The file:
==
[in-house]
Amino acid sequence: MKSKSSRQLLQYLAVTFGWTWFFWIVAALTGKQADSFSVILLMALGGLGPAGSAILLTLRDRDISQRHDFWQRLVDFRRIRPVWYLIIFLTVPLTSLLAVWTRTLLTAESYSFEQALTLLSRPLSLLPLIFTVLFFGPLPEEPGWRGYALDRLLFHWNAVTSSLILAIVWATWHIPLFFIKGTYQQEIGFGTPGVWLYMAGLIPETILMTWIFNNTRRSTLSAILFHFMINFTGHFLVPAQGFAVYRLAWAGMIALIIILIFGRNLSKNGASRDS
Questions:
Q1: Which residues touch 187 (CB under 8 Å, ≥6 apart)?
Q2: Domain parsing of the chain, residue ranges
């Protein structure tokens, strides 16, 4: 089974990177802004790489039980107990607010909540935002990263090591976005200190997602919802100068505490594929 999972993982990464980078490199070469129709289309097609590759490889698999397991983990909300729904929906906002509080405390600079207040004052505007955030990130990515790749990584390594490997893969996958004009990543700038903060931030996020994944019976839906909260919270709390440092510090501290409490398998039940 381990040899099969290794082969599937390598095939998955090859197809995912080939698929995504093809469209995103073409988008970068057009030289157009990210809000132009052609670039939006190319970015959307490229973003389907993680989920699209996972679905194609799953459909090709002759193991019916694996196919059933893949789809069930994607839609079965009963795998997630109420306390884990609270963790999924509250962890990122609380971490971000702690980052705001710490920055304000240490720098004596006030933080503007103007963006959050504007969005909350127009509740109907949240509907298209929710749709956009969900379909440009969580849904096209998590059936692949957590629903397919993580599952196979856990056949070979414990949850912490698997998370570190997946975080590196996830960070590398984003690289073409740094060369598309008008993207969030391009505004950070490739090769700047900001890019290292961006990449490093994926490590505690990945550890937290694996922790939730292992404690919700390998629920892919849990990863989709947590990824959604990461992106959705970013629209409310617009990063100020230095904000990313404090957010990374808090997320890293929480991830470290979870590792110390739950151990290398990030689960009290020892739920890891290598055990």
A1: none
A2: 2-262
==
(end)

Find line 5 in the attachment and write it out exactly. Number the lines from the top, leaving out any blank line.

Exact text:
Q2: Domain parsing of the chain, residue ranges